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Peter Davidson, The Idea of North, Reaktion

What is the North? Although it’s almost always that bit further from wherever you happen to be, Peter Davidson’s new study manages to pin down this elusive geographical quality for long enough to offer inspiring new insights and lyrical evocations.

One definition he investigates is that the North is what southerners look to for ghosts and myths, for a sense of unreality. Scotland, for instance, might have stoked the European Enlightenment, contributed early versions of fax, television, and telephone, been the location, even, of breakthrough cloning technology, but metaphorically and literally, because of the centralisation of government and media institutions, it is the South that is the place of Information. Auden’s Nightmail Train was naturally bringing news from the South to benighted North Britain: in that rattling poem, the South is clearly where news happens, the North is only where it goes to.

Paradoxically, the North traditionally contains the authentic (the body, feelings, and the oral), the ‘down-to-earth’, but southerners, like the heroine in Powell and Pressburger’s marvellous Scottish film, She Knows Where She’s Going, are those who seek, make or accept the act of authentication. Neil Gunn’s later novels repeatedly dramatise ideas of knowledge understood across the north-south divide. John Buchan’s novel of an almost-Canada, Sick Heart River, suggests the north is as much a psychological space as an actual territory.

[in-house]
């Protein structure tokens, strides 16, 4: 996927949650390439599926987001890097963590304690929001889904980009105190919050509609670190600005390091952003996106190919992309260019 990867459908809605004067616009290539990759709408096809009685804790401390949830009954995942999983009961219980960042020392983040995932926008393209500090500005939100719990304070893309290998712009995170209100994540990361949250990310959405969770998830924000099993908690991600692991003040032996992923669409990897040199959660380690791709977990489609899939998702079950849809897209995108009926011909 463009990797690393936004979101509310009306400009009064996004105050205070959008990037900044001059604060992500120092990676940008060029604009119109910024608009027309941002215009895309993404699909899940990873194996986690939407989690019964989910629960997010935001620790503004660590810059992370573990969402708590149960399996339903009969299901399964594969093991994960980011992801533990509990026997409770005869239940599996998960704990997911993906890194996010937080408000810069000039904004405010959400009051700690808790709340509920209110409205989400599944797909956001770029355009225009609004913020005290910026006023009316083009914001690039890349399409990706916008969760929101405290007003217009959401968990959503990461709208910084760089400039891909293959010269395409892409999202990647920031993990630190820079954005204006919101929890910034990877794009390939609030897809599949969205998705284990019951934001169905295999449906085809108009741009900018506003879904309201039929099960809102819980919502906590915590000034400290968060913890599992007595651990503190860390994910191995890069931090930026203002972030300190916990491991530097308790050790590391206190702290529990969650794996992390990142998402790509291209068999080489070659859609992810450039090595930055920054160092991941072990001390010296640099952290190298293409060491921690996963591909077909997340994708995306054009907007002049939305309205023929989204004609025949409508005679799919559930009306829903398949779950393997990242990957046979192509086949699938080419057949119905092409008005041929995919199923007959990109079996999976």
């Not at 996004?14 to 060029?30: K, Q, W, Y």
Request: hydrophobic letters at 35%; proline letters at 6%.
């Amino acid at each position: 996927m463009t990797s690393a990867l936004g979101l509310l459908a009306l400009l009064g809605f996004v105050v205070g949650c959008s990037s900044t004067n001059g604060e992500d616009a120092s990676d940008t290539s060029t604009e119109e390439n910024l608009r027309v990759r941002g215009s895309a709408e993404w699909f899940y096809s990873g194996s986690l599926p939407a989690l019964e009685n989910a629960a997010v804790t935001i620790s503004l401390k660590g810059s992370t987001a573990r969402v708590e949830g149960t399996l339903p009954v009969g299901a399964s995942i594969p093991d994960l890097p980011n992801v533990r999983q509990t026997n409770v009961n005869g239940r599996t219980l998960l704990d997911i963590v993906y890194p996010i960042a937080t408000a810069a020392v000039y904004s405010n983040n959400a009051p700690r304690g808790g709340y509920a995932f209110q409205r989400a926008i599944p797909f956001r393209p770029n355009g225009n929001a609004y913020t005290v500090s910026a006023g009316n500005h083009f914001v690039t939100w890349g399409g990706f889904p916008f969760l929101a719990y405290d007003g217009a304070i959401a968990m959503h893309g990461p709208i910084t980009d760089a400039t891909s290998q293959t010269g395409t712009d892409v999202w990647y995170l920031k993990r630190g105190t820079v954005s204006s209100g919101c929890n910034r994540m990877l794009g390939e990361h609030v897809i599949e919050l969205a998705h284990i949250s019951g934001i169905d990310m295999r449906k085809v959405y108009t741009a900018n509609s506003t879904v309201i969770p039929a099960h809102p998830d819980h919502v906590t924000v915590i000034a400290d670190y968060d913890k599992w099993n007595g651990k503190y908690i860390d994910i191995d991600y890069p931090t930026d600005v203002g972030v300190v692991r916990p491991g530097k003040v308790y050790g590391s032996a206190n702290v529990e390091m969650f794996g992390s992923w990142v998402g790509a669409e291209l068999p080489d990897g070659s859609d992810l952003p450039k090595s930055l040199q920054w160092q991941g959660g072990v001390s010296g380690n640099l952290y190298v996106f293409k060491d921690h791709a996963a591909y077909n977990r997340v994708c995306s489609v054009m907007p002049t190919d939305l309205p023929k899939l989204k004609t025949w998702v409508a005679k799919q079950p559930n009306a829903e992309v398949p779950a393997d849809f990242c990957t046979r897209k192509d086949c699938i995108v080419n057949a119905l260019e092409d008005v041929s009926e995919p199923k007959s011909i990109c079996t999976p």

All is not as it seems and in this fashion Davidson lovingly teases out the symbolism within this field of geographical relativity. He gives first a history from classical Greece to the present age of the North’s evolving, contradictory imaginative draw, a pull almost as strong to humankind as the movement of a compass needle, compelled by North’s real, magnetic, namesake. Then he evokes various epitomes of the north. Iceland, for instance, mesmerised William Morris who only visited it long after publishing his saga translations. A few generations later, Auden and the artist Eric Ravilious (an inspired choice of subject) each had momentous visits to the island, Ravilious tragically dying in an aircraft crash off its dangerous coast. Photographs, such as that of an Inuit rock sculpture and of Ravilious’s painting, Norway 1940, contribute to the magic of the book.

Be it discussing the remarkable lingering films of the Norwegian Knut Erik Jensen, the paintings of Vilhelm Hammerskoi and (to me) their pre-Hopper longings, or Glenn Gould’s tone poem of voices on a Canadian north-bound train, Davidson is attentive and often pleasurably surprising. The book introduces little-known but clearly significant poems, films, and paintings again and again, dwelling on them with detail and insight, and he is illuminating on contemporary English poetry, too, showing how Simon Armitage locates himself very specifically in the “north”, characterised as Marsden, a village in West Yorkshire. Perhaps he is generous to the dyspeptic Sean O’Brien, whose poetry so often equates misery with life in a northern town, but Davidson is a gifted prose-writer and his pages on the development of crystal and the chandelier glow and glint almost as much as the subject itself.

Finally, the book ends with a glimpse at Davidson’s motivation, a touching reference to his father’s prelapsarian upbringing in Perthshire before the Second World War. The North as idyll - far, in fact, from grim.

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